The allegations against the doctors have led to Title IX investigations by the U.S. Department of Education’s Office of Civil Rights at both schools.
— Michigan State has agreed to a $500 million settlement, $425 million to be shared among 332 women and girls and $75 million for future claims. There are pending lawsuits against USA Gymnastics, International Federation of Gymnastics, the United States Olympic Committee, and an elite gymnastics club based in Lansing, Michigan.
— Three federal lawsuits have been filed against Ohio State over the Strauss allegations. Two of the lawsuits are class-action complaints.
AP reporter Kantele Franko contributed to this report.
Editorials from around Ohio
By The Associated Press
Excerpts of recent editorials of statewide and national interest from Ohio newspapers:
The Cleveland Plain Dealer, Aug. 26
Three cheers for Ohio Secretary of State Jon Husted for denouncing disinformation that rumormongers have tried to spread about the Aug. 7 special congressional election in central Ohio.
Husted forcefully disproved a raft of false statements emanating from social media accounts and what might fairly be termed conspiracy media about the 12th Congressional District vote. The district, a reliably Republican one, is made up of Delaware, Licking and Morrow counties; and parts of Franklin, Marion, Muskingum and Richland counties.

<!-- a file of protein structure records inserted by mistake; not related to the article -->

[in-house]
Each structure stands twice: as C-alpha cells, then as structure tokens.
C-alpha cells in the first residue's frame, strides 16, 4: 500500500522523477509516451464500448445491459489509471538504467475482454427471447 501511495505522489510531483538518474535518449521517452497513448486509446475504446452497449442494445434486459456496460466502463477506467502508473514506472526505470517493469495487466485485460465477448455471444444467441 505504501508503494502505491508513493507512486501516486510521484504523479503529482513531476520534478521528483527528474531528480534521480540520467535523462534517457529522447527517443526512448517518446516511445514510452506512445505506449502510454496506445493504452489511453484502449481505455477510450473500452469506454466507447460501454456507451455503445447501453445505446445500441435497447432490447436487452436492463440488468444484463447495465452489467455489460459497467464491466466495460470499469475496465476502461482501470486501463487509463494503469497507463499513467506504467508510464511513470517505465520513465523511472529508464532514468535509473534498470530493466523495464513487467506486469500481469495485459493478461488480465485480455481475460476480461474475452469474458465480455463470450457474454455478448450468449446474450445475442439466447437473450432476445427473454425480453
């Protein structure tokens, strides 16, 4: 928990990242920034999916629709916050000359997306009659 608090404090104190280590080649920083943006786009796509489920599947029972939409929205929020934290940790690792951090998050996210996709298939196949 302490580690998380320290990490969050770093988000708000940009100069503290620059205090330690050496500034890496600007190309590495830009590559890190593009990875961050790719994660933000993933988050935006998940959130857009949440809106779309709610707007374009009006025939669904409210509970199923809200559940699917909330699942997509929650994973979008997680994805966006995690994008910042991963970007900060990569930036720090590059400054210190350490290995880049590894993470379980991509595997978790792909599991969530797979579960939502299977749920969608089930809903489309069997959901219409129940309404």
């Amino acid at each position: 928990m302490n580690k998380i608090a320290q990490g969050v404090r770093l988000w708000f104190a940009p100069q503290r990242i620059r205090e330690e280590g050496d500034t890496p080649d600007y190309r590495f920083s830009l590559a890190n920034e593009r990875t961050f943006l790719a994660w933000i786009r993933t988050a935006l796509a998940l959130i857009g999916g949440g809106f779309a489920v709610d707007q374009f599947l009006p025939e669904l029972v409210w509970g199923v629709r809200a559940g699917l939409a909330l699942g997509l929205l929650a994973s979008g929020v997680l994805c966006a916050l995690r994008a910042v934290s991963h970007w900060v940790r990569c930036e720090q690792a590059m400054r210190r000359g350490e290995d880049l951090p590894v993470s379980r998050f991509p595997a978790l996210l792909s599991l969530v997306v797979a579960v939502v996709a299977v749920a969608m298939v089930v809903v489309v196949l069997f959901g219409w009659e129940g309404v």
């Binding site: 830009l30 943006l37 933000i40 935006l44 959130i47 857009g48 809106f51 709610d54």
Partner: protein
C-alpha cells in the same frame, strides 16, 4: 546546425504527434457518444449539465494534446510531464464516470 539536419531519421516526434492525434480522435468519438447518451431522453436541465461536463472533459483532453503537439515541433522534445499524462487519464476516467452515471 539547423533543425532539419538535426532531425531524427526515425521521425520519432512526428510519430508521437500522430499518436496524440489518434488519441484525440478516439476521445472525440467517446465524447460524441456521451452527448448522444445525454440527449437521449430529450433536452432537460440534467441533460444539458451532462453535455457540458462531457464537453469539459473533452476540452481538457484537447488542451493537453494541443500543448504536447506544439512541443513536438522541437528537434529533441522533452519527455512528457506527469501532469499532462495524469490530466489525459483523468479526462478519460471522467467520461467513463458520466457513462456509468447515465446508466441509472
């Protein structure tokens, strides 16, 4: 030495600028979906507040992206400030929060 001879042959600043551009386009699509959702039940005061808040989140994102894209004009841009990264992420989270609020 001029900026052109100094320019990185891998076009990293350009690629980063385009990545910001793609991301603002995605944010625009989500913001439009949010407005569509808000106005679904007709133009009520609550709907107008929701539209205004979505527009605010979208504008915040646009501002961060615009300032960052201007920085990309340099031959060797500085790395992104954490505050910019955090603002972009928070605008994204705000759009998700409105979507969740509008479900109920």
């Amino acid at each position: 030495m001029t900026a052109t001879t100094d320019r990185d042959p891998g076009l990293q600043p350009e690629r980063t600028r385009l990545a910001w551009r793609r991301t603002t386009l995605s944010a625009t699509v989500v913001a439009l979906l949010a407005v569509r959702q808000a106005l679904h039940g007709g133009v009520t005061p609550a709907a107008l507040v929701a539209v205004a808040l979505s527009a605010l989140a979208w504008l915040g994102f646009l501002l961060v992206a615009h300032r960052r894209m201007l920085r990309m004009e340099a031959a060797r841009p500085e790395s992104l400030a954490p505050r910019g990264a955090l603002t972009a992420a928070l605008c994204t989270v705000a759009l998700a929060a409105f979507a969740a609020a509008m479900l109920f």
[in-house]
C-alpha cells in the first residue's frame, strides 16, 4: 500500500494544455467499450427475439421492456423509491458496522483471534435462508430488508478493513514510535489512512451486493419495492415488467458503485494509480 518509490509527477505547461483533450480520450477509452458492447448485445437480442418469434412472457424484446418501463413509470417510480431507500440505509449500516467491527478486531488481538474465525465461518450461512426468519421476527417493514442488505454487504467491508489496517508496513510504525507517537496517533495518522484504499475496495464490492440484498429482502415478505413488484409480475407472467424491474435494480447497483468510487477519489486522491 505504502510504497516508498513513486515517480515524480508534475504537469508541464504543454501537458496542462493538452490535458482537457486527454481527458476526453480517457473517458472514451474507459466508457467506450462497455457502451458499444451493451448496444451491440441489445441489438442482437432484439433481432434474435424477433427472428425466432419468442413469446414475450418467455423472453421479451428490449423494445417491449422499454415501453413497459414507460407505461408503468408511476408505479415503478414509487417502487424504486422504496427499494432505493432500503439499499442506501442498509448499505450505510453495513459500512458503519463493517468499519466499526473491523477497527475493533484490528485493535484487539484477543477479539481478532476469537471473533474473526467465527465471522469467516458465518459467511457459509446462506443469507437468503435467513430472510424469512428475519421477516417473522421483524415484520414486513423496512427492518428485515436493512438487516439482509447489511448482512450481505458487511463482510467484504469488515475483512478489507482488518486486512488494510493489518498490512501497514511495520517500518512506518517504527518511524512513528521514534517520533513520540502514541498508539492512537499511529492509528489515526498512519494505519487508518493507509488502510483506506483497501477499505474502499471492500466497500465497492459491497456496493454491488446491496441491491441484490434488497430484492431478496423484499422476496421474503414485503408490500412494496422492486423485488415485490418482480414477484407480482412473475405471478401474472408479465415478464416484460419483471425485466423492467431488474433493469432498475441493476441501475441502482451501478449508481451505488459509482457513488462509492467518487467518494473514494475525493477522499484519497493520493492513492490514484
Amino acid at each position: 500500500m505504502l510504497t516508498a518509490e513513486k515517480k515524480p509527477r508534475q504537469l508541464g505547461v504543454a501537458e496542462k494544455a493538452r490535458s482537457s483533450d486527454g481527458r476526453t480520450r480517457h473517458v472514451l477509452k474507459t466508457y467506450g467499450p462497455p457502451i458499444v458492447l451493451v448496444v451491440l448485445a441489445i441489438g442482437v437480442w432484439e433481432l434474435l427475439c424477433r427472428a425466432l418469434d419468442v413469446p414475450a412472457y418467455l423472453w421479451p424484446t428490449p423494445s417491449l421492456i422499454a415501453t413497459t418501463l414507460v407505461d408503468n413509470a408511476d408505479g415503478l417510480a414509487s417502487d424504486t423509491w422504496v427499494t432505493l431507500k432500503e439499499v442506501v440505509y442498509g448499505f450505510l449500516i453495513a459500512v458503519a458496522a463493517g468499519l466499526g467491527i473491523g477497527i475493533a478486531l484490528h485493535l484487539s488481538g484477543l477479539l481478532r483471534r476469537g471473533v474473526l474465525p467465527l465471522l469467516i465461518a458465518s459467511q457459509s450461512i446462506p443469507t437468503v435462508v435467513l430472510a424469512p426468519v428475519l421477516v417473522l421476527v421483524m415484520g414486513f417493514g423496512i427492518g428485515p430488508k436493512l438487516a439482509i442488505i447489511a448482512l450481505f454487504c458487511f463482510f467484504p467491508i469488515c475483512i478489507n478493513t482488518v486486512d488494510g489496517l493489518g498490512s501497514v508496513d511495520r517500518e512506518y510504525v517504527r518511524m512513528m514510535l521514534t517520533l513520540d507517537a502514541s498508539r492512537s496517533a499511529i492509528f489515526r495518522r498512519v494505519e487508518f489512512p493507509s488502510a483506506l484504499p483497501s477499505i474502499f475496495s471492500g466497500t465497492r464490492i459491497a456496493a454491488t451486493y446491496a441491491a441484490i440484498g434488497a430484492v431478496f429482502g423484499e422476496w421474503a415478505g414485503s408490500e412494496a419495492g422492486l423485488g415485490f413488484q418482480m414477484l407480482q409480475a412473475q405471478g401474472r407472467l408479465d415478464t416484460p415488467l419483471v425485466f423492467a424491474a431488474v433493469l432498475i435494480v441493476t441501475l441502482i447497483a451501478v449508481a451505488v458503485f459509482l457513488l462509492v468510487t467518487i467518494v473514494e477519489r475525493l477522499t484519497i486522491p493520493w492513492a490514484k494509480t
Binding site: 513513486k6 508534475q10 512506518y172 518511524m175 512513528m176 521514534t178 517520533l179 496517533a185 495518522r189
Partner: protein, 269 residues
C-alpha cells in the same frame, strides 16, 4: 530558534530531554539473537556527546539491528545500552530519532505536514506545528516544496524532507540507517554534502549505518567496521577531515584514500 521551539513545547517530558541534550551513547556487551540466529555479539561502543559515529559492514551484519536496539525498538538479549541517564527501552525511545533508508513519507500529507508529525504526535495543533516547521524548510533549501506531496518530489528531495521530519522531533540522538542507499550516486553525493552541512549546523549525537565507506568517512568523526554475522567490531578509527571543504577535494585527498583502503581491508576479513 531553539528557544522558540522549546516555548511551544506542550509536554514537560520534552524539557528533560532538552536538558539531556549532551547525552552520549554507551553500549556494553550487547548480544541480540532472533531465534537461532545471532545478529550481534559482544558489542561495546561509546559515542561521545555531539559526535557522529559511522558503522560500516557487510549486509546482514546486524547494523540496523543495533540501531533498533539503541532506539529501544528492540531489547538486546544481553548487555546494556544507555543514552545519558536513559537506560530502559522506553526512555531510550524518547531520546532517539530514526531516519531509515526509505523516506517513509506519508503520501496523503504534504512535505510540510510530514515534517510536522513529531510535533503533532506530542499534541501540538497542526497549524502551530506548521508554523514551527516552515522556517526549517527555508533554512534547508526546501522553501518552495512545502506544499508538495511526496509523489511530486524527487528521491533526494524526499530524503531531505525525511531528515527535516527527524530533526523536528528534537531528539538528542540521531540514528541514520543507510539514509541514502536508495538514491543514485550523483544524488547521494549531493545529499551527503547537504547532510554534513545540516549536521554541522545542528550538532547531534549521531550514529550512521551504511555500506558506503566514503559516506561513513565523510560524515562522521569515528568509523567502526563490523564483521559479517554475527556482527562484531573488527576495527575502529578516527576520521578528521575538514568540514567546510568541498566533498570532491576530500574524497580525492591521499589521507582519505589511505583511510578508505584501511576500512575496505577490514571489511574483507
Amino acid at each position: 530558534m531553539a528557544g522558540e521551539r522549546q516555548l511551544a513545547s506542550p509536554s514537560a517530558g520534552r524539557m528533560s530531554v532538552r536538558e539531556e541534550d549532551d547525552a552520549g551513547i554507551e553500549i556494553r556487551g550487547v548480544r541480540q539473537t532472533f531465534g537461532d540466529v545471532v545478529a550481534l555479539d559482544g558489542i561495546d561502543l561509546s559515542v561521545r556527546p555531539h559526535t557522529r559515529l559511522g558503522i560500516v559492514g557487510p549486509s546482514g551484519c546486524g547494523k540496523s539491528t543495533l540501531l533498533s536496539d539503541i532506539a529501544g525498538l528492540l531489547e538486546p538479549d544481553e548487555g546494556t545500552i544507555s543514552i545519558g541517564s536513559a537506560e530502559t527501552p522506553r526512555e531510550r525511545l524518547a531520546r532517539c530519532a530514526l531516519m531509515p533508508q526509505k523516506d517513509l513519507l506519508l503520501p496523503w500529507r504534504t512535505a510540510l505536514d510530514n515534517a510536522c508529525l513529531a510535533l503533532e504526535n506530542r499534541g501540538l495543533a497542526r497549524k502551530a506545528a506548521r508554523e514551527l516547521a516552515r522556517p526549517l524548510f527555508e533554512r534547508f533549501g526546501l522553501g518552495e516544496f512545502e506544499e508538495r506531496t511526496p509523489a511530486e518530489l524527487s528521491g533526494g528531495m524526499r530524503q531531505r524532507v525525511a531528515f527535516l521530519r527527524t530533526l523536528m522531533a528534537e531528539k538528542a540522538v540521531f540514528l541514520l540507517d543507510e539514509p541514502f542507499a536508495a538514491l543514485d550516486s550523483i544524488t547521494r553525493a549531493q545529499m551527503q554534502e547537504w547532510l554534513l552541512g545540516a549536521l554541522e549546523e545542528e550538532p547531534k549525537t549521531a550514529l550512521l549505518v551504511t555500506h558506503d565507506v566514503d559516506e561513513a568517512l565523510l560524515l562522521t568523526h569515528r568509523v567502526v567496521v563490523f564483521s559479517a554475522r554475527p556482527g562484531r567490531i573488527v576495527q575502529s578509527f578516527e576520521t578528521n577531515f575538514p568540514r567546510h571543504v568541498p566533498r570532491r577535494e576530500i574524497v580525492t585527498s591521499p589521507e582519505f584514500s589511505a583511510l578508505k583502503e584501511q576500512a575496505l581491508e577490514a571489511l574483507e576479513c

The winner of the special vote to finish out the term of Republican U.S. Rep. Pat Tiberi, per Friday’s official canvass results, is state Sen. Troy Balderson, a Zanesville Republican. He narrowly defeated the Democrat, Franklin County Recorder Danny O’Connor of Columbus, by 1,680 votes, less than a percentage point.
Tiberi resigned early this year to take a private-sector job. Balderson and O’Connor will face each other again on Nov. 6, vying for a full, two-year congressional term.
More public officials should speak out, as Jon Husted has, when rumormongers seek to undermine Ohioans’ and Americans’ confidence in democratic processes. As Husted himself so eloquently put it in his Aug. 13 statement: “To the bad actors out there who want chaos and to erode the people’s confidence in our elections, enough is enough.”
We couldn’t say it better ourselves.
The Marietta Times, Aug. 25
World health officials are worried that measles may be making a comeback. During the first six months of this year, Europe alone reported more than 41,000 cases of the disease. Thirty-seven victims died.
Contrast that with U.S. statistics: This year, there have been just 107 instances of measles here. There were no deaths (the last, a single fatality, was in 2015).
Many of the European deaths are linked to health care disruptions due to violence in places such as Ukraine, which has had 23,000 measles cases this year.
But, according to analysts, failure of many European parents to have their children vaccinated against measles played a role, too.
Worldwide, measles remains a scourge. It was not until 2016 that the global death toll dropped below 100,000 annually, at 89,780.